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Without delving too deeply into the physiology involved (careful, there's a can of worms lying about...😄) , it might be helpful to remember that the hands serve at the pleasure of the two halves of the brain generally, left brain/right hand, right brain /left hand and that these two brains are much more complex in their differences than our hands are.  

Edited by wunks
punc.
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31 minutes ago, Little John said:

So could it be that convention has taken us in one direction and we can't conceive of it otherwise? Could the convention have equally developed tho other way round?

 

I don't think it is simply convention, because that would suggest it is cultural, and so far as I know the same convention is found in all cultures with similar stringed instruments.  Although to a beginner fingering the notes seems the most difficult part, the real musicality comes from the plucking or bowing of the strings, and this is where the dominant hand (right, for most people) has the finest motor control and can achieve the greatest nuance.

 

For instruments where both hands are doing much the same thing, such as piano, then there isn't much difference, and certainly both hands can be trained especially if you work with both from the very beginning.  However for instruments where the hands are doing different things it makes sense for the most complex work to be done by the dominant hand, and they are designed accordingly.

 

Left-handed orchestral players are required to learn to play right-handed.  I don't think this is only for visual effect but to avoid bows clashing in a restricted space.  Presumably those lefties who can't cope with this don't make it into orchestras.  Other players are less constrained, and you often see left-handed guitarists and even fiddlers.  Sometimes they restring it (like Jimi Hendrix), sometimes they just play a standard guitar upside down (like Elizabeth Cotton) There seems to be sufficient demand for left-handed guitars to be made, although apparently not for accordions - perhaps these are easier for lefties to adapt to.

 

I don't believe concertinas are very "handed", especially the EC and perhaps Irish-style anglo. Although Anglos played harmonically and Duets usually play melody with the right hand and accompaniment with the left, it doesn't feel as if what the left hand is doing is much easier, although the twiddly-bits*  tend to be played with the right hand.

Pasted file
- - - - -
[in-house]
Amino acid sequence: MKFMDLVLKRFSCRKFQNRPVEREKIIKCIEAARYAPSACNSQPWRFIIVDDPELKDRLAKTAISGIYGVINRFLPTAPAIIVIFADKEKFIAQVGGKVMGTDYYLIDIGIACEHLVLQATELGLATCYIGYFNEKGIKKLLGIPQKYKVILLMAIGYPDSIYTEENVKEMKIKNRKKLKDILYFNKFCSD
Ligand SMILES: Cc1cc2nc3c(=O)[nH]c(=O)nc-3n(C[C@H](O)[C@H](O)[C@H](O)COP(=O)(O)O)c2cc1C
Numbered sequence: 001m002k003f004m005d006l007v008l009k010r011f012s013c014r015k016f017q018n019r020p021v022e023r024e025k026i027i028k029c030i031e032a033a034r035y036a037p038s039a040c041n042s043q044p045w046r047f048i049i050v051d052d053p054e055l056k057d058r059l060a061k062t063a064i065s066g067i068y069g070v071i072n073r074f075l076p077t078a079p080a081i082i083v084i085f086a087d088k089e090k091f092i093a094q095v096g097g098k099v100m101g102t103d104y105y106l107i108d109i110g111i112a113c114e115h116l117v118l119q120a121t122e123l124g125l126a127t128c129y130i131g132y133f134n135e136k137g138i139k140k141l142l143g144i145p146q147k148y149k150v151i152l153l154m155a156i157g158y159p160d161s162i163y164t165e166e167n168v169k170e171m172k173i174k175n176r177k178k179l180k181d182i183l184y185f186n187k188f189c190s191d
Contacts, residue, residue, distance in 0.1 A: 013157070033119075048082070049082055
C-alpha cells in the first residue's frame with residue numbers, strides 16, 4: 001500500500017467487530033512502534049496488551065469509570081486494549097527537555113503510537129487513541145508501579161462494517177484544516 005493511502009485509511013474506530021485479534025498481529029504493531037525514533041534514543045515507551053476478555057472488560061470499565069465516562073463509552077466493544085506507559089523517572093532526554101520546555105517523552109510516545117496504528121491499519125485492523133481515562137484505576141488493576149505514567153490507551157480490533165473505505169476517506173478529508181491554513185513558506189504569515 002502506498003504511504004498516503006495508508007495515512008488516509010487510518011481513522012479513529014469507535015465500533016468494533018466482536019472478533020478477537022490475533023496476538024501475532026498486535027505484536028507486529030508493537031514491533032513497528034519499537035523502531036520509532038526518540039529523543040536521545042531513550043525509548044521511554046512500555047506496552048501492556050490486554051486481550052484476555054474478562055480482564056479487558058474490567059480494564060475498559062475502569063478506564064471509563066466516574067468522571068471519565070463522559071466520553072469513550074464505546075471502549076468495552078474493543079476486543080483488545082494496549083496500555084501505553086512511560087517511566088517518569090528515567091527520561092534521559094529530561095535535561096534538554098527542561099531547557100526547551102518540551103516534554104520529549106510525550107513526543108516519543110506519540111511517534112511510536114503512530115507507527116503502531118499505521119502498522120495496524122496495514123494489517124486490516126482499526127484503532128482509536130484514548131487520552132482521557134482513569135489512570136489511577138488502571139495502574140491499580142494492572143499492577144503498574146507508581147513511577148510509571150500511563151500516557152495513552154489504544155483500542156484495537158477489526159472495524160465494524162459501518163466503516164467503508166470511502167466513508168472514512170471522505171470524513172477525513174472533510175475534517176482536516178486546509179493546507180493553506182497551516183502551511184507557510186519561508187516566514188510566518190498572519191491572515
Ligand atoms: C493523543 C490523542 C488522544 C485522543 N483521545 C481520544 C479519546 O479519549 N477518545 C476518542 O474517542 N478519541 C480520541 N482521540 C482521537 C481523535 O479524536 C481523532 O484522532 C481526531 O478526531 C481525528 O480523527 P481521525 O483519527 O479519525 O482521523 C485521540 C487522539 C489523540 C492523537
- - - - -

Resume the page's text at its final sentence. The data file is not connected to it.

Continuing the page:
* this is a technical term

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1 hour ago, Little John said:

My understanding is that if you play classical violin you have to play with the bow in your right hand, whether you're right handed or not, because the sight of a bow going the wrong way in an orchestra would be unacceptable.

 

There is a left-handed Viola da Gamba player that I have seen several times at the Boston Early Music Festival who plays an instrument constructed as a mirror image of a standard VdG (not as trivial as you might think), bowing with his left hand, fingering with his right.

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I suppose, in a way, concertina as instrument is one of the success stories; as far as using both sides of the brain in coordination  is concerned.  the hands are forced onto two different sides at the onset, and have to do something at some stage in proceedings.

I have never had problem adapting my general left handedness, nor really thought about too much; because I use both for different tasks anyway.  There's some unbelievably ridiculous products been sold in past for people of this persuasion [ of which I am one so I feel I can say this myself].. left handed spoon? pen, whatever next.  But that is nothing to do with concertinas so I ask the admin to forgive me on my little adaption of the topic; and will say no more on this.😁